A (Very) Little Guide to the Thimble

We all know what a thimble is – I’m sure that like me you’ve been familiar with them forever! I remember playing with my own grandma’s battered and worn thimble when I was allowed to “sort out” her button box. Thimbles can also be decorative, collectible items, but here I’m more concerned with their use as a sewing tool.



A thimble may be defined as “a small cap, usually of metal, worn to protect the finger when pushing a needle through cloth in sewing” though today thimbles are made from a wide variety of materials, including rubber, leather, and elastic. You can even purchase an adhesive disk instead if you don’t like the feel of a traditional thimble. Normally, you wear your thimble on the middle finger of the hand you use to push the needle through the fabric. If you prefer to use another finger instead, then simply move the thimble to that finger. The thimble will then protect your finger from the eye end of your needle when you push it through the fabric. Some stitchers also like to wear a rubber thimble on their index finger to help them grasp the needle more firmly.

The word “thimble” itself is thought to come from the old English word thymel, meaning thumbstall. Thimbles have been around for a very long time – in excavations near Moscow bones were found that were used 30000 years ago by mammoth hunters to stitch pearl embroideries onto pieces of leather. The Romans popularised the use of bronze thimbles throughout their empire and around 1150 a thimble is mentioned as part of a noble lady’s dowry upon her entry into a convent.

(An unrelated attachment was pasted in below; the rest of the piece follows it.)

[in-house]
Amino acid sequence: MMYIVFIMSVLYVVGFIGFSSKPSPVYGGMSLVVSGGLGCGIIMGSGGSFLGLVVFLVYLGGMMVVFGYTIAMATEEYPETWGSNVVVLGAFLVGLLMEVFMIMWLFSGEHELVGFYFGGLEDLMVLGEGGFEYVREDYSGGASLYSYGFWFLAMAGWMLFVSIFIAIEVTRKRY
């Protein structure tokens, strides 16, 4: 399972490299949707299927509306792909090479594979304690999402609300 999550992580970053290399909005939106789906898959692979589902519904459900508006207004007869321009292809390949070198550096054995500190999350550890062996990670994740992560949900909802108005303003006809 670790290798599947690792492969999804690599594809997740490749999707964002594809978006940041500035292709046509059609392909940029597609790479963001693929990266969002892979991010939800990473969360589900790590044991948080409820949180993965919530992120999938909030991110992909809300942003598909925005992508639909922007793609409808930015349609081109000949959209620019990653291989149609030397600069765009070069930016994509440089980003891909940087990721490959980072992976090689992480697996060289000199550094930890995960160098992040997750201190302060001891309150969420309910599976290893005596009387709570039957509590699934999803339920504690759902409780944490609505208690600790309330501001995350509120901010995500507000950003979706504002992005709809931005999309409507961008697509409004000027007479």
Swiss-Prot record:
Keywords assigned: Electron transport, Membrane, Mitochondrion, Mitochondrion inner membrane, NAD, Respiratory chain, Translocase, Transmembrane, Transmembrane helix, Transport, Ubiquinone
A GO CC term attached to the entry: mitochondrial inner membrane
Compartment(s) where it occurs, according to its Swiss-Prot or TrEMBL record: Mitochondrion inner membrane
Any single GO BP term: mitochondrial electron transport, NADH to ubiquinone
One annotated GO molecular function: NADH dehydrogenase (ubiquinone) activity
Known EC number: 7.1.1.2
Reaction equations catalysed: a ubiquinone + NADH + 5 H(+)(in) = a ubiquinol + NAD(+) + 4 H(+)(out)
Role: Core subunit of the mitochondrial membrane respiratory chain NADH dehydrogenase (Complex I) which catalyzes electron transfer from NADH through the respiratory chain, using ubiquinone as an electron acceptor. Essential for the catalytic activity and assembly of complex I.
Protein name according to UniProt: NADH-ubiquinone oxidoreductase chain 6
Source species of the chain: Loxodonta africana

To learn to use a thimble successfully it’s really important to find one that fits and suits you. There are lots of different sizes and types! This is a very personal decision which may take a little trial and error.

Choose a thimble that is not too tight and not too loose. To test for a good fit, try a thimble on the middle finger of your sewing hand. Hang your hand down at your side and move your fingers around. If it stays on and doesn’t feel too tight, then it’s a definite possibility! Wear it around and go about doing other things for 15 minutes or so. If you’ve found the one that’s right for you then your thimble should stay on and feel comfortable enough that you can nearly forget you’re wearing it!

If you’ve got any hints/tips for using a thimble please let us know in the comments below!

*Article taken from the November issue of Bustle & Sew Magazine. Find out more HERE.


The last metal thimble I purchased via the internet was just a tad too big and not returnable. So I cut a small piece of sticky on one side ‘moleskin’ (sold here in the states in the pharmacy section of stores) and stuck it inside my thimble, just one one side, now the thimble not only fits but my nail is cushioned against the soft moleskin. Do a Google search for ‘moleskin for blisters’ to find it.


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